More than three days after a blizzard of historic proportions struck the region, mass transit systems are lurching back to what passes for normal.
Many trains are running and major highways are clear. State Department of Transportation crews are in the process of trucking away piles of snow on the side of highways.
No major accidents have been reported on Interstates 95, 84 or 91.
The Greater Bridgeport Transit District will resume bus service at noon on routes that have been fully cleared of snow, general manager Doug Holcomb said. There is no bus service this morning.
Service on GBTD Routes 7, 19 Express and 22 Express is cancelled for the entire day, he said.
Riders should expect some delays and detours when service resumes, the bus company manager said, and should check the Cleanup Status Update page at www.gogbt.com for details on the status of all GBT routes before heading out.
Metro-North Railroad is operating at about 75 percent of its weekday morning peak service, officials said Tuesday morning, including close to regular service between New Haven and South Norwalk. Regular service on the New Canaan and Danbury branch lines has been restored and service on the Harlem-Hudson Line is normal.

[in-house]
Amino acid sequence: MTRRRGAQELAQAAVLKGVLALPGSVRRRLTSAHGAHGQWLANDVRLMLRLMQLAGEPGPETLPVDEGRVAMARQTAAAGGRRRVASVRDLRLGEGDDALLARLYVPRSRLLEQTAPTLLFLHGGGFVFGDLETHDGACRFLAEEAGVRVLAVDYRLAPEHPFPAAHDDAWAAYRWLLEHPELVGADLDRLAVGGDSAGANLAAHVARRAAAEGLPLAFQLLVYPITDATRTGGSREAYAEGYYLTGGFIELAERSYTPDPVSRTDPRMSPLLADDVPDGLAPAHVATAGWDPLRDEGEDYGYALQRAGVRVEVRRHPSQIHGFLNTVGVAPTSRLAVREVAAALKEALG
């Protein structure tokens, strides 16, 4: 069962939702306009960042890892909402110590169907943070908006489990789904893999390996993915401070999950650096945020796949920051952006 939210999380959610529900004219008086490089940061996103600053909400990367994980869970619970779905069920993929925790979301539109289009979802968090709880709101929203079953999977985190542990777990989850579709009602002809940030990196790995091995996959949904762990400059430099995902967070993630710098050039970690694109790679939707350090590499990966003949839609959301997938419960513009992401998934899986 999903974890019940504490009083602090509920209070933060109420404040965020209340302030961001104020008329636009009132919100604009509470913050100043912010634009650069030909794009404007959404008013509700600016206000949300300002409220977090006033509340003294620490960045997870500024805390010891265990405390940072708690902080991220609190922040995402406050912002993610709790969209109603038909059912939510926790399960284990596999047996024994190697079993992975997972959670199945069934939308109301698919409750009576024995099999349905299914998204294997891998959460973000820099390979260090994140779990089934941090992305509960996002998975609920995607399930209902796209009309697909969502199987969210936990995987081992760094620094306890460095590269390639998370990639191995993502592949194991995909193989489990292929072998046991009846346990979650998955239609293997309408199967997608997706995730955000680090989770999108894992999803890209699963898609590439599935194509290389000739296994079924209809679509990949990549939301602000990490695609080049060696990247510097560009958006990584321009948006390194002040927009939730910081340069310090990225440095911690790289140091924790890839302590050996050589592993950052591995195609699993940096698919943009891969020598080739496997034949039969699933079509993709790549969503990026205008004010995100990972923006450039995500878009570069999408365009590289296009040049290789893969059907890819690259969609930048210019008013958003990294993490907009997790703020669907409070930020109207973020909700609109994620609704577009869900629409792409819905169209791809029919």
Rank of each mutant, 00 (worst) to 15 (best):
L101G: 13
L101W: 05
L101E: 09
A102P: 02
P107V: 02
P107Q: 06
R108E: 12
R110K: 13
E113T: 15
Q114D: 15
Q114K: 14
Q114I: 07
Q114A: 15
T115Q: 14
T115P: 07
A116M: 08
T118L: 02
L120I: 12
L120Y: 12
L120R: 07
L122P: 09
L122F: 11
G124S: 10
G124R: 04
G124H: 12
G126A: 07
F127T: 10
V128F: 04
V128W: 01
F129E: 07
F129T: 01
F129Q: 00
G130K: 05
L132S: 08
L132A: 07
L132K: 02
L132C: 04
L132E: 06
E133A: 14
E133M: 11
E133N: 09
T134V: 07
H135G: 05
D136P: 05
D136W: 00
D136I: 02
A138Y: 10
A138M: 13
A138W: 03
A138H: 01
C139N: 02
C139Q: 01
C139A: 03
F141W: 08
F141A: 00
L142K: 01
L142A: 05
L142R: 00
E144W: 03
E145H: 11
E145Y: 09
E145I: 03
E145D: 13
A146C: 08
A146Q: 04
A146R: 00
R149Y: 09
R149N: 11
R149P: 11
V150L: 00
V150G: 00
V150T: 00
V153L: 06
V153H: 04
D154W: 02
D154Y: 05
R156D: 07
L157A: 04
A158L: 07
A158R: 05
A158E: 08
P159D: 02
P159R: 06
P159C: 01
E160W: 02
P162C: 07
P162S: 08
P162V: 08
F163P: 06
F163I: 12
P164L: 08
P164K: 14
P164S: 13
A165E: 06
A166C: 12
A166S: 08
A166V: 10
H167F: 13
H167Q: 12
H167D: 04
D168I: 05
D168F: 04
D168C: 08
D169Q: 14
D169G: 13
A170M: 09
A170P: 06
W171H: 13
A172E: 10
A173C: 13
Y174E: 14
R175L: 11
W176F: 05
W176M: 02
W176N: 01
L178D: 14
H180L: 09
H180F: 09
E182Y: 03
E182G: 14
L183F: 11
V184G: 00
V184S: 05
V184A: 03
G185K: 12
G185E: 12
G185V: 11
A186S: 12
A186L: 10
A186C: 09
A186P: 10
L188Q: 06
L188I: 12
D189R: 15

But the Waterbury branch line that runs from Bridgeport north through the lower Naugatuck Valley remains out of service today, and no alternate bus service will be provided.
"Since many roads remain closed in the New Haven area, many train crews are having difficulty reporting...in order to operate train service,'' said an advisory on the railroad's web page. The new M8 trains are performing well in the heavy snow, officials said, but they only make up about half of the fleet, officials said.
Metro-North employees continue to conduct aggressive snow clearing operations in the New Haven and Bridgeport yards and to clear track switches that allow trains to change from one track to another, spokewoman Marjorie Anders said.